Luxury Market Taking Off

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Luxury Home

Luxury homes are in high demand in Edmonton, and the rest of the country according to a survey released by Remax todaySales of luxury homes increased in 2013 (compared to 2012) as follows: Vancouver 36%, Calgary 34%, Edmonton 32%, Hamilton-Burlington 31%, Kitchener-Waterloo 27%, Toronto 18%.Here is what it looks like on a chart:

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Edmonton Area Luxury Home Sales

Here is what it looks like when you include the boom:


So it looks like 2013 was in fact a record setting year for luxury sales in the Edmonton area. And keep in mind, these numbers only include homes sold through the MLS, and I've certainly seen a lot of new construction that falls in the luxury category around Edmonton. The question is, why the sudden jump in luxury sales?

Luxury sales are not just increasing in number, but also in market share. In 2012 2.5% of homes sold were in the luxury category, while 3% of total homes sold in 2013 where luxury homes.

First there are the obvious reasons such as a rapidly expanding population, impressive job creation and low interest rates. The Remax report sites consumer confidence bolstered by job security as the catalyst for the increase in luxury sales. Interest rates may have had an impact on two levels - first off low levels make higher prices more affordable, and fear of higher rates can motivate buyers to jump.

Don Campbell raised a couple of other excellent reasons on his blog:

Many higher-income/net worth families have already purchased their ‘second/vacation property’ located in the US or Canada during the downturn, so their next move is to upgrade their home lifestyle. This is helping to prop up the higher end market in these key cities.

Investment alternatives (savings and bonds for example) are providing higher net worth individuals with lower return, so many are turning to putting that money into their home choices.

There's lots of luxury homes on the market right now, about a 6 month supply - check out Luxury homes for sale in Edmonton.

Barring any major financial meltdowns or regulatory/lending rule changes, I don't see any reasons this trend won't continue in 2014 in Edmonton, what do you think? 


Sara MacLennan is the Director of Marketing at Liv Real Estate and a licensed Real Estate Associate. The bulk of Sara’s experience and wealth of expertise lies in on-line technology and marketing both for agents and consumers. Sara is the former National Director for Interactive Marketing for Coldwell Banker Canada where she was responsible for an extensive training program traveling to offices across the country training agents and brokers on marketing and technology. Find Sara on Twitter @edmontonblogger. Digg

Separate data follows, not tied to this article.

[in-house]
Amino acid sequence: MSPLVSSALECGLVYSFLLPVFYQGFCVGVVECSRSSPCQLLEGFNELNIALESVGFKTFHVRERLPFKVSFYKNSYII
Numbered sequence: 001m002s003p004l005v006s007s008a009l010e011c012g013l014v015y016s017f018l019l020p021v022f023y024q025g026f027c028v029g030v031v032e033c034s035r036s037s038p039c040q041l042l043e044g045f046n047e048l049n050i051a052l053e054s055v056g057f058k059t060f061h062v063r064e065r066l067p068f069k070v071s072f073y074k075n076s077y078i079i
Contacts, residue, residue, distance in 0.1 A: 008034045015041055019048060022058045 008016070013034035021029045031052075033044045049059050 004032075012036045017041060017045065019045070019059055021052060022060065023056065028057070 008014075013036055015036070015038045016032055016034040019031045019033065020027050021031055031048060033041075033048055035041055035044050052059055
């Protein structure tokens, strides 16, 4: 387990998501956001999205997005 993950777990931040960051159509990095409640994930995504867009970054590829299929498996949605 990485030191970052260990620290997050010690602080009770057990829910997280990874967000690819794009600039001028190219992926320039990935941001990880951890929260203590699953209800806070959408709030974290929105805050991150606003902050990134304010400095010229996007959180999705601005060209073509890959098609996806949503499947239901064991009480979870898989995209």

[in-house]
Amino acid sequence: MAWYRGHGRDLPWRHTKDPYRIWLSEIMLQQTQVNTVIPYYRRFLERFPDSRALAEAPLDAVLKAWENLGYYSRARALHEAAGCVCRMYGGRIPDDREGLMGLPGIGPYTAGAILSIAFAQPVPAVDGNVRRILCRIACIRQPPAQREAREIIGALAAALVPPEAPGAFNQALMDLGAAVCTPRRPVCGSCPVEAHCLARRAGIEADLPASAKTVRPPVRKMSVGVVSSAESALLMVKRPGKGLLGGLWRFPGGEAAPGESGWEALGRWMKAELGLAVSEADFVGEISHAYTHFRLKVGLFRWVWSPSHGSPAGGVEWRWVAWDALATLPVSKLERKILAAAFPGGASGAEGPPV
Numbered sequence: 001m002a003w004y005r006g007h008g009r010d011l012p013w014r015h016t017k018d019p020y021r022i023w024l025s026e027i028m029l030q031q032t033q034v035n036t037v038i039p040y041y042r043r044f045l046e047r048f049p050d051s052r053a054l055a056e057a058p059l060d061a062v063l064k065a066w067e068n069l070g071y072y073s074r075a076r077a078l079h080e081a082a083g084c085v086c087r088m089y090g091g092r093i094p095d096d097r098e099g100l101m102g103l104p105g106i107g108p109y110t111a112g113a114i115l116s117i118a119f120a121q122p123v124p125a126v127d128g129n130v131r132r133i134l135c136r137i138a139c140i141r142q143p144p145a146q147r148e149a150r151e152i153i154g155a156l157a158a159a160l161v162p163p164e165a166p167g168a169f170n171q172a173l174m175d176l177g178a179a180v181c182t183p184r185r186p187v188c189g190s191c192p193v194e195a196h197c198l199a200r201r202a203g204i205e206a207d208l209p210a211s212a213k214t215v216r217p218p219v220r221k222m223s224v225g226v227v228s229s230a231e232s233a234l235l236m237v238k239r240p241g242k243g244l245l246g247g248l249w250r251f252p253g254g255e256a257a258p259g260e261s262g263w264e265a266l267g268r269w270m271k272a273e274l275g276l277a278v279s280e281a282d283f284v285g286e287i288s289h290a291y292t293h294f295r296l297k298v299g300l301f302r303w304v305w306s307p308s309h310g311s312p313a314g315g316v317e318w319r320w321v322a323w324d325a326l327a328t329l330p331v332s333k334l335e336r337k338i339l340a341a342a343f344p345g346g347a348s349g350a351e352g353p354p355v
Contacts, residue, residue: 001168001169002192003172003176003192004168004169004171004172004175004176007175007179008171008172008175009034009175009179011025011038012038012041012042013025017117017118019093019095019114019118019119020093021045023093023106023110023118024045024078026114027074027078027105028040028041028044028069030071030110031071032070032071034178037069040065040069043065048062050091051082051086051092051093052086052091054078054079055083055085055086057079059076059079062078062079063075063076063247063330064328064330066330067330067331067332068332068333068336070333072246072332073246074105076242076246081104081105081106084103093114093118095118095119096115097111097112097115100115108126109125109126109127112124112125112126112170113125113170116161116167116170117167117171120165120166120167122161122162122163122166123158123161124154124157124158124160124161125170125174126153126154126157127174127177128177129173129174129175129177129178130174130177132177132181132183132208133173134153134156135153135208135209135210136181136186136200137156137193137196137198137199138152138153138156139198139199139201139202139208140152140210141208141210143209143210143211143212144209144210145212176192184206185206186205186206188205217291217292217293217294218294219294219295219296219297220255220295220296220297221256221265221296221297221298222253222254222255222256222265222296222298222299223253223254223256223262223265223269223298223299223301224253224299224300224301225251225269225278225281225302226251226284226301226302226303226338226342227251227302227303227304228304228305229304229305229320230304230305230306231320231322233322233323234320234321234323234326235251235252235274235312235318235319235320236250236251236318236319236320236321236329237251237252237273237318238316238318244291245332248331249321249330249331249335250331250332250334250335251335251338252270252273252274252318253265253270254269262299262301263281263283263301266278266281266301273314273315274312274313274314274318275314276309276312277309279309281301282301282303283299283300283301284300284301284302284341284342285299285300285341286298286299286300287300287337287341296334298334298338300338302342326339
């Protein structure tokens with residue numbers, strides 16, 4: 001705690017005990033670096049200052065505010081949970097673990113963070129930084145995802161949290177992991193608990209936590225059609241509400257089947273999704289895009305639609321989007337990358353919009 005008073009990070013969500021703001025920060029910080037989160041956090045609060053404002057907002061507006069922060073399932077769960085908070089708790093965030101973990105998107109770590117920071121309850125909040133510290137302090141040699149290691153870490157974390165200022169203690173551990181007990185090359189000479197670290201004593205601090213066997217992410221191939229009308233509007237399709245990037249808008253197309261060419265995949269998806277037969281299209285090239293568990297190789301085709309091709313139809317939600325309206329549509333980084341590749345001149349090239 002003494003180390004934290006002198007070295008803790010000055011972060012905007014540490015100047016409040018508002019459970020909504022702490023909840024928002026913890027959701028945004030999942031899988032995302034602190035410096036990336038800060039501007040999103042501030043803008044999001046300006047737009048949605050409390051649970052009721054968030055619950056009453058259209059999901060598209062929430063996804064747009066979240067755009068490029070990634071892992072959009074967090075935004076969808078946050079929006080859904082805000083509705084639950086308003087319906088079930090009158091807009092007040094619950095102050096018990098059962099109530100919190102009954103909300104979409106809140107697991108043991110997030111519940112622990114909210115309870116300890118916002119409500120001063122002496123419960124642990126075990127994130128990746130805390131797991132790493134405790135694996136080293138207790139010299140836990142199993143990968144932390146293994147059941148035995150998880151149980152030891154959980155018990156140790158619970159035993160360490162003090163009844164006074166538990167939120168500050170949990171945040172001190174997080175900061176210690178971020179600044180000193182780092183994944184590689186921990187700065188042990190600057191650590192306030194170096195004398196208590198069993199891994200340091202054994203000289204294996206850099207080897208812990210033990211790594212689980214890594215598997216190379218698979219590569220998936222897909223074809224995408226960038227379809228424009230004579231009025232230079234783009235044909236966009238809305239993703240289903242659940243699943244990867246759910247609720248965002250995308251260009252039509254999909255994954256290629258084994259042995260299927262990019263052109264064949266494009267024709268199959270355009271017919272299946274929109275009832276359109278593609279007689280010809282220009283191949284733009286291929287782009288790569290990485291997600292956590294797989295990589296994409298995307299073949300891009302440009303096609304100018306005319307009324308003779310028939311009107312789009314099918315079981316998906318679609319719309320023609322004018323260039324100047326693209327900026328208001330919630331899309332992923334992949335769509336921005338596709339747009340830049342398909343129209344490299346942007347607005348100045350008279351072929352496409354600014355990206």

15 Responses to “Luxury Market Taking Off”

  1. Inspector GadgetNo Gravatar 29. Jan, 2014 at 4:11 pm #

    As long as debt is cheap to service it will continue, no doubt. I just wonder how many purchasers of these homes are putting all of their eggs in one basket and will regret it later when the debt looms and the fancy finishings are out dated and no longer considered luxury.

  2. a common guyNo Gravatar 29. Jan, 2014 at 6:06 pm #

    I am surprised $750k+ is considered luxury. Many people who purchased pre-boom must have their mortgages paid off and some more (if they are good savers), so it is not hard to imagine they want to upgrade.

  3. yeglandNo Gravatar 30. Jan, 2014 at 8:22 am #

    I think that the definition of Luxury needs to be reviewed. I scrolled through some of the listings (as provided above), and especially at the 700-800 range, I would never call most of those homes luxury, some of them are completely dated and others are just big, and plain with wasted space. The title should read ” Expensive House Market Taking Off” or “$750,000+ Housing Market Taking Off”.

    Defining every house over $750 as luxury is not correct. That $750 mark might need to be raised closer to 1 million to keep up with trends in the Edmonton housing market.

    IG – Agreed, I know far too many people that have maxed themselves out on housing, and some how they still find enough credit to buy all of the toys. Any increase in interest rates will instantly send them into the fetal position and onto the street.